Belo announces plans to sell three papers, stake in Mavericks
Wednesday, June 28th 2000, 12:00 am
By: News On 6
Stake in Mavericks, Dallas sports center included in sale plans
Belo Corp. will sell three of its smaller newspapers as well as its stake in the Dallas Mavericks and the American Airlines Center, the Dallas-based company said Tuesday.
The company expects "at least" $110 million, after taxes, from the sale of The Eagle in Bryan-College Station, The Messenger-Inquirer in Owensboro, Ky., and The Gleaner in Henderson, Ky., said Robert W. Decherd, Belo's chairman, president and chief executive officer.
Belo has an oral agreement to sell its share of the Mavericks and the American Airlines Center for $34.5 million to Mark Cuban, the team's majority owner. In the Arlington-D/FW area, Belo owns the Arlington Morning News, The Dallas Morning News, WFAA-TV (Channel 8) and Texas Cable News (Channel 38). Belo said the sales are intended to enhance Belo's stock price.
Plans to sell the properties were disclosed at a meeting with analysts in New York. At a similar meeting last month, Mr. Decherd said that Belo was considering selling some assets to buy back company shares and concentrate on Belo's cluster of media properties. Those clusters are in Texas, Arizona, the Northwest, Providence, R.I., and Riverside, Calif.
Currently, the company's holdings include eight daily newspapers, 18 television stations and various cable and interactive properties around the nation. Belo is "doing exactly what they promised," said Merrill Lynch analyst Keith Fawcett. "We believe geographic clustering is the correct strategy."
He said Belo shares are "tremendously undervalued." Belo might later sell or swap television stations outside its clusters for properties that are inside them, he said.
Steven Barlow, a media analyst at CS First Boston, said Belo stock is "fairly valued." The planned sale of The Eagle surprised Mr. Barlow. He noted that Bryan-College Station is the home of Texas A&M University and said that he thought the area's demographics would be especially attractive to Belo. Like Mr. Fawcett, he saw the possibility of Belo television stations outside the clusters being swapped.
Dunia Shive, Belo's senior vice president and chief financial officer, said such station swaps or sales are an option, and "we'll look at that going forward," although "there is the possibility of doing nothing." The company does not want to diminish the total audience of its television group, she said.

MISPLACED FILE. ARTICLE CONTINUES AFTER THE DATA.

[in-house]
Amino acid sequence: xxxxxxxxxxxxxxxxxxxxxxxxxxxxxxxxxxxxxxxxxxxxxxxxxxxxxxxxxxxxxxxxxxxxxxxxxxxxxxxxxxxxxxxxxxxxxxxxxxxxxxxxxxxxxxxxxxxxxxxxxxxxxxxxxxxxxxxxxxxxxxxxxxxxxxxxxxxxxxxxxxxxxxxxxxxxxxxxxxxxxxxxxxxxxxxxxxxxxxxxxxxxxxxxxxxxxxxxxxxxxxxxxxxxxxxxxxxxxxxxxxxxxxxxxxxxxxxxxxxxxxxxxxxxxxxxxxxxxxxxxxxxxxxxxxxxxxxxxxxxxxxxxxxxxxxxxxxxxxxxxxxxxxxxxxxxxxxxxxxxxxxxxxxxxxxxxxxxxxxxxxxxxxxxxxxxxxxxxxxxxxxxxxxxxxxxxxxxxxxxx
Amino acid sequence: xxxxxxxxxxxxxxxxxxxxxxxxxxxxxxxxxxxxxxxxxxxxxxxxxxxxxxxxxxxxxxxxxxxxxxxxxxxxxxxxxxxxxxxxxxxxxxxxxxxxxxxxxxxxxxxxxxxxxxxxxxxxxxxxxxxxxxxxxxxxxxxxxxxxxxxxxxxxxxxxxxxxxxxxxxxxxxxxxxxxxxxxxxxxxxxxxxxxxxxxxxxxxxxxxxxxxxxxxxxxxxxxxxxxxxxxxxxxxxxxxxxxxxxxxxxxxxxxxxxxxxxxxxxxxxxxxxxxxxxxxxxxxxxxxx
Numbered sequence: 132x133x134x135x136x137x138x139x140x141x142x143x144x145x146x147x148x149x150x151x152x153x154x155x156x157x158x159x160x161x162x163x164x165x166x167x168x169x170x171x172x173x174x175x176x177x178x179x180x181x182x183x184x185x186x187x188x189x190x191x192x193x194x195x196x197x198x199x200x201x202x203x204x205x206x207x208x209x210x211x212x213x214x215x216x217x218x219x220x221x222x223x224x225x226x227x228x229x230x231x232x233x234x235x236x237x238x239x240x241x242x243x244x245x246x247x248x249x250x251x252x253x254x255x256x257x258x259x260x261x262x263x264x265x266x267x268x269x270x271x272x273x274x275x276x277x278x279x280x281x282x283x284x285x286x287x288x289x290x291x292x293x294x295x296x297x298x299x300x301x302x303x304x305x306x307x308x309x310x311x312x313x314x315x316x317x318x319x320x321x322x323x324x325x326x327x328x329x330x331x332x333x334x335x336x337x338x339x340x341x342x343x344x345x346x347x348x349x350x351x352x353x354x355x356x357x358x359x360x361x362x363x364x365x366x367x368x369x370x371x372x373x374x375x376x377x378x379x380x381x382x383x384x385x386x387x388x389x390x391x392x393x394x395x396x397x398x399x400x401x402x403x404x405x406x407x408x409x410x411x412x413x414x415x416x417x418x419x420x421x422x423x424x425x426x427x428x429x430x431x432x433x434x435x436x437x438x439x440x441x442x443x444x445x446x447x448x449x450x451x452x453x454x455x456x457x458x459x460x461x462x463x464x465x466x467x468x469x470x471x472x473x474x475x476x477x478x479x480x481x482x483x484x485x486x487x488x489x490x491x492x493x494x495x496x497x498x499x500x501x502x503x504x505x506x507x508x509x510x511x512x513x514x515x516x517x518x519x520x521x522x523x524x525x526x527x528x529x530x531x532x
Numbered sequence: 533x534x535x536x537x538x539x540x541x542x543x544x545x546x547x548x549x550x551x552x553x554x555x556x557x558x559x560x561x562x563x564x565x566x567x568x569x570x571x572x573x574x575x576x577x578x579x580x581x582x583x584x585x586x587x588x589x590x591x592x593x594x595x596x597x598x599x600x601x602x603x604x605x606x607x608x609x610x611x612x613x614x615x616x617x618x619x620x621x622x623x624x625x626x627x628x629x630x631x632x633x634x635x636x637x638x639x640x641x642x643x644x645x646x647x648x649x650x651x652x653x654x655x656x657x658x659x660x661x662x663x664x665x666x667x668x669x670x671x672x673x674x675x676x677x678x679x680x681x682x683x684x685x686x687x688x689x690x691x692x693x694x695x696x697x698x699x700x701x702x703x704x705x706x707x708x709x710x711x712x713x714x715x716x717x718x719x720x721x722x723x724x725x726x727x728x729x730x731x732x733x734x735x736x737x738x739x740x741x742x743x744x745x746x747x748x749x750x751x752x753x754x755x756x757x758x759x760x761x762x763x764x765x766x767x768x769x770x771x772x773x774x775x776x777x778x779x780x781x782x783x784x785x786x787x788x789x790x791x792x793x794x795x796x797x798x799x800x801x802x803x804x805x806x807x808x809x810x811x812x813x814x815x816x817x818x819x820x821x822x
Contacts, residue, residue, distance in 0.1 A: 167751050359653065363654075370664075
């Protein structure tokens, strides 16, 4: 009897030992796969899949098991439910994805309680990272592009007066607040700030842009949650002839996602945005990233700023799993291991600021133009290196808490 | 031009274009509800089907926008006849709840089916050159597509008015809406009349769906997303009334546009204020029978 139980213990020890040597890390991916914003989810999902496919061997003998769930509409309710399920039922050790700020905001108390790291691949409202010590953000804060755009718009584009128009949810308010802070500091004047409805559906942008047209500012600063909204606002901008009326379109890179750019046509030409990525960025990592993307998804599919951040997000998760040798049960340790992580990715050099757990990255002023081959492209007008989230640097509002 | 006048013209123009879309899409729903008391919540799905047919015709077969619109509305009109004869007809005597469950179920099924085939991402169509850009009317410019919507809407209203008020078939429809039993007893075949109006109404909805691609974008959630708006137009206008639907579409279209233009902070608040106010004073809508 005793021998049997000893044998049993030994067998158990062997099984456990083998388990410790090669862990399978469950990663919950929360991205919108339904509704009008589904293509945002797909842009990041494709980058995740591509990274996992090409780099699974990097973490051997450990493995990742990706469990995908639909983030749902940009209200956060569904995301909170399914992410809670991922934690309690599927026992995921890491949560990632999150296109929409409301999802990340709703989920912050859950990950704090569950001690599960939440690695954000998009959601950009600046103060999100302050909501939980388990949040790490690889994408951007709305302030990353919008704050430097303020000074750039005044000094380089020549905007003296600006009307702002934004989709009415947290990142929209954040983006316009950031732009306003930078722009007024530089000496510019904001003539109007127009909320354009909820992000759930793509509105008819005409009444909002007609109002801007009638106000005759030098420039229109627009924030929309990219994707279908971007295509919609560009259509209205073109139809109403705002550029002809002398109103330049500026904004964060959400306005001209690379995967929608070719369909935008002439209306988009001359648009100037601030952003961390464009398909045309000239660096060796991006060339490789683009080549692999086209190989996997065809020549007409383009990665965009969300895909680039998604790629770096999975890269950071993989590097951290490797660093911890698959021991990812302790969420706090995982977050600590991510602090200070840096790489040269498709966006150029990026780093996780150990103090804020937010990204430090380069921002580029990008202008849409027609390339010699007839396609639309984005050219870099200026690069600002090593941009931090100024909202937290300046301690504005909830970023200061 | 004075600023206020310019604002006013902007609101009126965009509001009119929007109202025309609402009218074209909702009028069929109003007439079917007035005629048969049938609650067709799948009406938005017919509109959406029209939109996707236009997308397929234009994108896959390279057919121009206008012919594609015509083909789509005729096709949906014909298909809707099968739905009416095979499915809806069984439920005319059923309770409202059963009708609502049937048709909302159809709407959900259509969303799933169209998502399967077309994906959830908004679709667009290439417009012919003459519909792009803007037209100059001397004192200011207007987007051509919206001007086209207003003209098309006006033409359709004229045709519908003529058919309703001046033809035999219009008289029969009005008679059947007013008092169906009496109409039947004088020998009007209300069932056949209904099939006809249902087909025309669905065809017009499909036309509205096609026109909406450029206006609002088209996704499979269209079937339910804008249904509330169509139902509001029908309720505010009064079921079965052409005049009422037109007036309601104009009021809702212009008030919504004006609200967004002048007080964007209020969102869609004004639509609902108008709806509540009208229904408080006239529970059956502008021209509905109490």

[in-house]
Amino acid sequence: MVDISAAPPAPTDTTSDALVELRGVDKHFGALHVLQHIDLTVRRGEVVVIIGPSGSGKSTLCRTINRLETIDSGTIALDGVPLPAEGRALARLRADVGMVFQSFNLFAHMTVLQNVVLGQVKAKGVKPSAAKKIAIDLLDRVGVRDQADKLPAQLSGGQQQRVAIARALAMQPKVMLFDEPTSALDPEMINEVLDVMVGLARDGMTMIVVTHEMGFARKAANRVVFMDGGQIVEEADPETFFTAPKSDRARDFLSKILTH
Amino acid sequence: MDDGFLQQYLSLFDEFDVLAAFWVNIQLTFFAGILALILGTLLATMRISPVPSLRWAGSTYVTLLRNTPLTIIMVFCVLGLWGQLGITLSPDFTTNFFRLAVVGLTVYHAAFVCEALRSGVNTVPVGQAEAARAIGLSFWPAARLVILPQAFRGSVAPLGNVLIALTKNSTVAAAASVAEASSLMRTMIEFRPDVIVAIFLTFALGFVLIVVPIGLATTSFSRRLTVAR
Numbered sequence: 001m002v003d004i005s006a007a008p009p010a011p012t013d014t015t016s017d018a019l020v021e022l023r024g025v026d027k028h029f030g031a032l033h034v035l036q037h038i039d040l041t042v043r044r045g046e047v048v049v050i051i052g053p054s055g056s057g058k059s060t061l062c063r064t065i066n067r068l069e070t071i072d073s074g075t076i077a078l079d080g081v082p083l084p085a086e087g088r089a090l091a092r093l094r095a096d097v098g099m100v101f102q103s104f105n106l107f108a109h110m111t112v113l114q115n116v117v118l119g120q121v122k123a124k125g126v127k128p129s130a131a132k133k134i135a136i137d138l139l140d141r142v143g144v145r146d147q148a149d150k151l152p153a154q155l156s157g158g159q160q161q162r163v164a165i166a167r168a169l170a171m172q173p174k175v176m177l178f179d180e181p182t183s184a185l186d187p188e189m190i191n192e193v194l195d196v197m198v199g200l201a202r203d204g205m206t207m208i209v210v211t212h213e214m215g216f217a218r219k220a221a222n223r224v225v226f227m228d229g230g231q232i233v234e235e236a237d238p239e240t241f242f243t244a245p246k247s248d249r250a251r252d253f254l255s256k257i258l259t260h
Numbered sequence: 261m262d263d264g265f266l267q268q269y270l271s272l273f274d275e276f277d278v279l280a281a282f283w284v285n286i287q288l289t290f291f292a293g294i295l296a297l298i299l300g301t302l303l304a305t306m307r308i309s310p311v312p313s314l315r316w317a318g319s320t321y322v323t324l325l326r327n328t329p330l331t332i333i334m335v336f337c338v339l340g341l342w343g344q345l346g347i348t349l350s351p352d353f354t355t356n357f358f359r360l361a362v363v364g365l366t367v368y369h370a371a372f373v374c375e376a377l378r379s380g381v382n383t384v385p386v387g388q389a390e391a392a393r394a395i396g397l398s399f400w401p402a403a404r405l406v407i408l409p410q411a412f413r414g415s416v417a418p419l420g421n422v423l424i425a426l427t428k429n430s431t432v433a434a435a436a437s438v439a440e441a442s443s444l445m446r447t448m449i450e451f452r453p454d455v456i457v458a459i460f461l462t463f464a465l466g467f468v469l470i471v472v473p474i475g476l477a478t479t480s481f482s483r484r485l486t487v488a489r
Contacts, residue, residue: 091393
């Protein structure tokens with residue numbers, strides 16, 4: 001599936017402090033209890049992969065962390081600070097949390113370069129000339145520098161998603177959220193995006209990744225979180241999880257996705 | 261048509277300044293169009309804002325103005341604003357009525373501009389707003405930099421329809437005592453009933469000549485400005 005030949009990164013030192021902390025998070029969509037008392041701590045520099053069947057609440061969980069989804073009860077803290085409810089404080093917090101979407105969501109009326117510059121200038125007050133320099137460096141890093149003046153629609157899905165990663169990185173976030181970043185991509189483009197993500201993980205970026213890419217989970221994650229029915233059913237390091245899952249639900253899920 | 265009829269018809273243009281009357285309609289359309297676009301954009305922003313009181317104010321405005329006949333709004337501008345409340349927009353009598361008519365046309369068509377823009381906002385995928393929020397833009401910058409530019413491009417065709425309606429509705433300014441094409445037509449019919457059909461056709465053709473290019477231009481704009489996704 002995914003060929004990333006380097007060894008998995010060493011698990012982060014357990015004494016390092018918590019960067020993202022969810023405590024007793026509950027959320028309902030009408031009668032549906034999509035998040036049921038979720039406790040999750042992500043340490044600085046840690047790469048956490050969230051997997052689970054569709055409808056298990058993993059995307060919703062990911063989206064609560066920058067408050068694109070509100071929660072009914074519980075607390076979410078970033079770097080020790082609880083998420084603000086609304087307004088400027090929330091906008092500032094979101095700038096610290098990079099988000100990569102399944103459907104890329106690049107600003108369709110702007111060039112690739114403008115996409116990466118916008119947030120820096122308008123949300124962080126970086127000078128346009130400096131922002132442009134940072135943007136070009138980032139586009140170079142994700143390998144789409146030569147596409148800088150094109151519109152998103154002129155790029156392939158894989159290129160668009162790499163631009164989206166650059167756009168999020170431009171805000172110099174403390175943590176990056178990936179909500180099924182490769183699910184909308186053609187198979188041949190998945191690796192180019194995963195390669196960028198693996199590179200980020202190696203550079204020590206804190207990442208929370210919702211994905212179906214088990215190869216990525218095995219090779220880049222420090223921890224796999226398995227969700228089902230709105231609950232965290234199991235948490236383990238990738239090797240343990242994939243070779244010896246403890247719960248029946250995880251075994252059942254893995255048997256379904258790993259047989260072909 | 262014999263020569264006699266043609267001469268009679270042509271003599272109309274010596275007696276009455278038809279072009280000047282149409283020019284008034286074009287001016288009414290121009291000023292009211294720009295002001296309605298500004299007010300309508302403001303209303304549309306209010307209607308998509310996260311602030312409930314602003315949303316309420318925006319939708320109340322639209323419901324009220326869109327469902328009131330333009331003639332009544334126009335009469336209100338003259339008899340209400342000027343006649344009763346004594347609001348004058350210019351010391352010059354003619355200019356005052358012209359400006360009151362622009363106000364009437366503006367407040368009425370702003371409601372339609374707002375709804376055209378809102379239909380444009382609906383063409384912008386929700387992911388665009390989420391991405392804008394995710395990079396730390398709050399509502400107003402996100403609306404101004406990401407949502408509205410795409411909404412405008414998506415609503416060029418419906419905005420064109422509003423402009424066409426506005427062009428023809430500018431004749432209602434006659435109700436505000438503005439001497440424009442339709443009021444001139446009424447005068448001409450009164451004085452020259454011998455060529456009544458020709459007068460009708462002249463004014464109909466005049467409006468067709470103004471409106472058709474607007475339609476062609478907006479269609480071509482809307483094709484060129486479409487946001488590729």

The Eagle will be sold because it is a smaller property that is not near Belo's larger holdings in Texas, she said.
"We are very focused on our operating strategy, the best allocation of resources as it relates to the operating strategy and the best allocation of our resources to use them to enhance clusters," she said.
Ms. Shive said there are no "identified buyers" for the three newspapers, although the company has had discussions with interested buyers. "We feel we'll be able to sell those papers before the end of the year."
Belo will sell its 12.38 percent stake in the Mavericks to Mr. Cuban, an Internet billionaire. He became the team's majority owner earlier this year in a transaction that valued the National Basketball Association franchise at $280 million. Belo's purchase price reflects the value established for the team in Mr. Cuban's deal.
The sale to Mr. Cuban includes a 6.19 percent share of the $300 million American Airlines Center, now under construction on the northwest corner of downtown. The arena is the centerpiece of the largest redevelopment project in downtown Dallas and is being paid for in part by city taxes. Belo paid $24 million for its stake in the Mavericks and the arena in July 1999. The sale will bring the company a pre-tax gain of about $10 million, Ms. Shive said.
Belo's investment was controversial.
The company said it was a passive investment and a means to be involved in sports programming. Mr. Decherd said then that the investment would not affect coverage of the team or the arena by The Dallas Morning News or other Belo media companies. One of the most vocal critics of Belo's involvement in the American Airlines Center was city council member Laura Miller, who worried that the city's daily newspaper and Channel 8 wouldn't report objectively on the arena and the massive Victory real-estate development that surrounds it.
"It's wonderful that they've pulled out," Ms. Miller said. "It shows they care about their credibility with the readers."
Belo said it is considering investments in various opportunities in its clusters, including cable news channels and Spanish-language media, although nothing is definite. Belo wants to invest perhaps $300 million to repurchase company shares.
"At current trading prices, Belo stock is far and away the most compelling investment alternative available," Mr. Decherd said. "We are currently developing a recommendation for Belo's board of directors to determine how this $300 million will be allocated to share repurchase."
Belo stock closed Tuesday on the New York Stock Exchange at $16.56, up 13 cents.
You can find more information on the Belo Corporation by visiting their web site.
Staff writer Richard Alm contributed to this report.